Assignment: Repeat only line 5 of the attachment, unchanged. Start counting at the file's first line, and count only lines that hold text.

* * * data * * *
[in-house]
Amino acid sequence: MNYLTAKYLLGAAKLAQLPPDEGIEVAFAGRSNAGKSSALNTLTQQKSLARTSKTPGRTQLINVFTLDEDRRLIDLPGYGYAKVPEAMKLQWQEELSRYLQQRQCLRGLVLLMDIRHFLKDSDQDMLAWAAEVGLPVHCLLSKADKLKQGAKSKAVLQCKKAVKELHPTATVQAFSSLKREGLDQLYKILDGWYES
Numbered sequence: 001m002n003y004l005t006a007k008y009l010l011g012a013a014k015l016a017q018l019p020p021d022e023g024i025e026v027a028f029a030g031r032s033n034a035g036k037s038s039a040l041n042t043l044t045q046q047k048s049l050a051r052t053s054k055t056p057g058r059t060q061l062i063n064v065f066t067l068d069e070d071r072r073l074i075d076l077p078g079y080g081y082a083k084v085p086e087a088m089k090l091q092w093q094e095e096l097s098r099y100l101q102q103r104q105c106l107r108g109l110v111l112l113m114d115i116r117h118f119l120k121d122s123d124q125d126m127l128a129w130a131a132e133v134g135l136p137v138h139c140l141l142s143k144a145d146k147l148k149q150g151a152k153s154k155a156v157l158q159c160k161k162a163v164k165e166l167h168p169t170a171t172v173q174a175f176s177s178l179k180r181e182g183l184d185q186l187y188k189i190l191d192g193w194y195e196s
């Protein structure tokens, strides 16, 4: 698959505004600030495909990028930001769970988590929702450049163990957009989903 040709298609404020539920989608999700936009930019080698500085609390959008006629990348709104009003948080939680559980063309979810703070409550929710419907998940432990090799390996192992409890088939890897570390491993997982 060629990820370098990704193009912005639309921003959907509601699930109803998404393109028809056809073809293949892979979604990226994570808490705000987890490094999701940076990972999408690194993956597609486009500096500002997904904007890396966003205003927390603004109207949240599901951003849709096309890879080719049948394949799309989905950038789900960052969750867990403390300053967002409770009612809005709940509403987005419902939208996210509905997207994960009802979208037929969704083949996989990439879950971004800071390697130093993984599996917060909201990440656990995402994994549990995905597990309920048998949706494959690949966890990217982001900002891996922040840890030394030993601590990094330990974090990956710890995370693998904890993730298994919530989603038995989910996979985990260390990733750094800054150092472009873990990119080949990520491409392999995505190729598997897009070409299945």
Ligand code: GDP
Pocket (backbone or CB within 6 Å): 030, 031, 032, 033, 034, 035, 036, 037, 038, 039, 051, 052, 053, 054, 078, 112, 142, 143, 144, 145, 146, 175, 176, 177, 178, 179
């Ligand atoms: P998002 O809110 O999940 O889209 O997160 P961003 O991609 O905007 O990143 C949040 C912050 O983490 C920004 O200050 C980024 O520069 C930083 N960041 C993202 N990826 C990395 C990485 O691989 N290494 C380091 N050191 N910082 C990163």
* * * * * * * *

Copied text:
Ligand code: GDP